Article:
This may not lead to a big second wave of inflation. But it may mean a stickier path for US and other developed world inflation.
It will put the focus squarely back on local labour market dynamics and whether policy settings have become sufficiently restrictive to slow wage growth.
This recovery stands out because the aim of recent piecemeal measures on stimulus was not about starting a new property cycle.
The aim has been to contain the fall-out of the property downturn while finding ways to pivot towards other sources of growth.
To that end, recent measures targeted at relaxing macro-prudential restrictions on home buying are more about easing off on the brakes rather than stepping on the gas pedal.
I would argue these measures have been working.
A huge blockage in the property system formed when property transactions slowed.
Since pre-sale down-payments were a key source of developer funding, it limited the ability of developers to continue or even initiate construction on properties they had pre-sold.
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This meant buyers couldn’t take delivery of finished property. But due to the way the mortgage system works in China, they were already on the hook for servicing a part of the mortgages.
This all too easily snowballed into a crisis of confidence, which fed into a further slowdown in property sales, property prices and so on.
A crucial way to alleviate the blockage was to get sufficient funds to developers to finish what they‘d started.
Property completions have been up strongly this year as backlogs of paused works have resumed.
But this is a very different kind of property stimulus compared to the past. It certainly won’t lead to new waves of strong demand anytime soon.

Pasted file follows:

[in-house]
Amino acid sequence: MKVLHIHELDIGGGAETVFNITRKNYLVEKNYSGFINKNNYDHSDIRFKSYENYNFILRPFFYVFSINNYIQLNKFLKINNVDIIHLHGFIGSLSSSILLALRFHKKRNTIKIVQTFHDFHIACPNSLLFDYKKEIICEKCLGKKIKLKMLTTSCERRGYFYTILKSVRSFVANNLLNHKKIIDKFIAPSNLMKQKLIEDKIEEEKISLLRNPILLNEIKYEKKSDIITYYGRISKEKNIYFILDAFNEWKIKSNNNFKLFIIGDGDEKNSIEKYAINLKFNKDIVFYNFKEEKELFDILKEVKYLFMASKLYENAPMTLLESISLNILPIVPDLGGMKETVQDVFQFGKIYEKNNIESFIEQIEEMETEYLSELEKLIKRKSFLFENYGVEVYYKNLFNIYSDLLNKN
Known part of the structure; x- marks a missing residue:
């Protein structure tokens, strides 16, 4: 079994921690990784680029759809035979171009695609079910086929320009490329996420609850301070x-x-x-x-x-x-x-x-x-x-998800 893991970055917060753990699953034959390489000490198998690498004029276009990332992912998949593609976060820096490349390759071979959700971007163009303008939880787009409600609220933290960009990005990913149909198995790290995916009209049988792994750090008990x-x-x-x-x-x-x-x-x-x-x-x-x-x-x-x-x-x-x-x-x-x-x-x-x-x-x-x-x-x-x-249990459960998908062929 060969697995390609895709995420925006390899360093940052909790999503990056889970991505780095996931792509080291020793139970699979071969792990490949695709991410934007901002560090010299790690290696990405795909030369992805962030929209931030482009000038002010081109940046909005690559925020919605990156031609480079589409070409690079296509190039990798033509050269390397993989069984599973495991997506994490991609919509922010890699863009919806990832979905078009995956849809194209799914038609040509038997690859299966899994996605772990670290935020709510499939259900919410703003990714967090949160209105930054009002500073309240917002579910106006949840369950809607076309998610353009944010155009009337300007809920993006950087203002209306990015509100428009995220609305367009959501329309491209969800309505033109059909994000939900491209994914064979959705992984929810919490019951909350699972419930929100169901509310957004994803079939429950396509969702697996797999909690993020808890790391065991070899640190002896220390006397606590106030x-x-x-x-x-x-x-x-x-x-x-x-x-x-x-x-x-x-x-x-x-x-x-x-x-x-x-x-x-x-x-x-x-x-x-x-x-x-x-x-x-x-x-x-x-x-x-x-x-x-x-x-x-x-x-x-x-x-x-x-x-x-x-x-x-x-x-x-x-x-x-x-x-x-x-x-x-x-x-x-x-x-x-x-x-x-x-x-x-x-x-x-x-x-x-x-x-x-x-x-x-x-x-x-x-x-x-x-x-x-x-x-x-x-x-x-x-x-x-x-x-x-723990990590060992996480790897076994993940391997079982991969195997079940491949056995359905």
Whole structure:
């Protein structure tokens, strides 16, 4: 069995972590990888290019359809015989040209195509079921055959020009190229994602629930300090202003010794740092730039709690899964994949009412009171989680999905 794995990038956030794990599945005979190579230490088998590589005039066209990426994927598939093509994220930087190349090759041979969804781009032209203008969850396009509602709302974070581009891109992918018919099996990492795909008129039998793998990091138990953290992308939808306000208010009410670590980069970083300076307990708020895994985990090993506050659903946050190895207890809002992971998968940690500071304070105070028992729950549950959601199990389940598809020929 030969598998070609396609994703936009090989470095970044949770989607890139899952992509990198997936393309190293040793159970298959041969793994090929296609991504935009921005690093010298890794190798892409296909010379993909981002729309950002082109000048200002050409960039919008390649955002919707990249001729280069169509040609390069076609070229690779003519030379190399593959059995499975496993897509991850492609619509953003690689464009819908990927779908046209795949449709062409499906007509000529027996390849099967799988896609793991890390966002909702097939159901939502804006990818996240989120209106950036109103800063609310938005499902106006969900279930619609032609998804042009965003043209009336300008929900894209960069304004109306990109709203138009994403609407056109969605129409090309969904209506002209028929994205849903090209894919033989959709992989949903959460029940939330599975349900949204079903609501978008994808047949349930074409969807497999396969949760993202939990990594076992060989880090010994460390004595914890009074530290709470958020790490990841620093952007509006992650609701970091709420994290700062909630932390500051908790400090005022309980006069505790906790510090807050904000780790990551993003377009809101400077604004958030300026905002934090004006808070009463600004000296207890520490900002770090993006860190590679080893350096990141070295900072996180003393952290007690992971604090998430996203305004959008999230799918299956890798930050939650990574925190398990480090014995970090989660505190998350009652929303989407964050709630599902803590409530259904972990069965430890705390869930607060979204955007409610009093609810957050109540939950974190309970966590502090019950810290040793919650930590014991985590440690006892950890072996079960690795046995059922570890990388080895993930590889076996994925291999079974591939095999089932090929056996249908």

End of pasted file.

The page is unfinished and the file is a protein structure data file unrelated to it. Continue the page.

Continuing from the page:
This is why land sales are still contracting.
Developers only buy new plots of land when they see strong demand prospects in the pipe, as you can see in this Bloomberg chart:
Even without a new wave of property demand, it’s a good to see things are moving again in the Chinese property space.
The property sector accounts for more than a quarter of Chinese economic activity, so the flow-through effects will be positive.
China’s structural problems have not changed.
They centre on an economy that saves too much, causing growth to rely on debt-driven investment rather than by income-led consumption.
China’s national savings rate is over 45%, compared to an OECD average of just over 20%.
The high propensity to save by the private sector in China is partly due to a lack of safety nets.
This increases the burden on the working age population to care for old and young and save for their retirement.
Housing affordability is another issue. Chinese cities have some of the worst housing affordability ratios in the world.
This means parents have to save in anticipation of their offspring one day needing help on a down-payment.
Fiscal measures aimed at easing the burden on households and boosting the social safety net are essential for supporting consumption in China.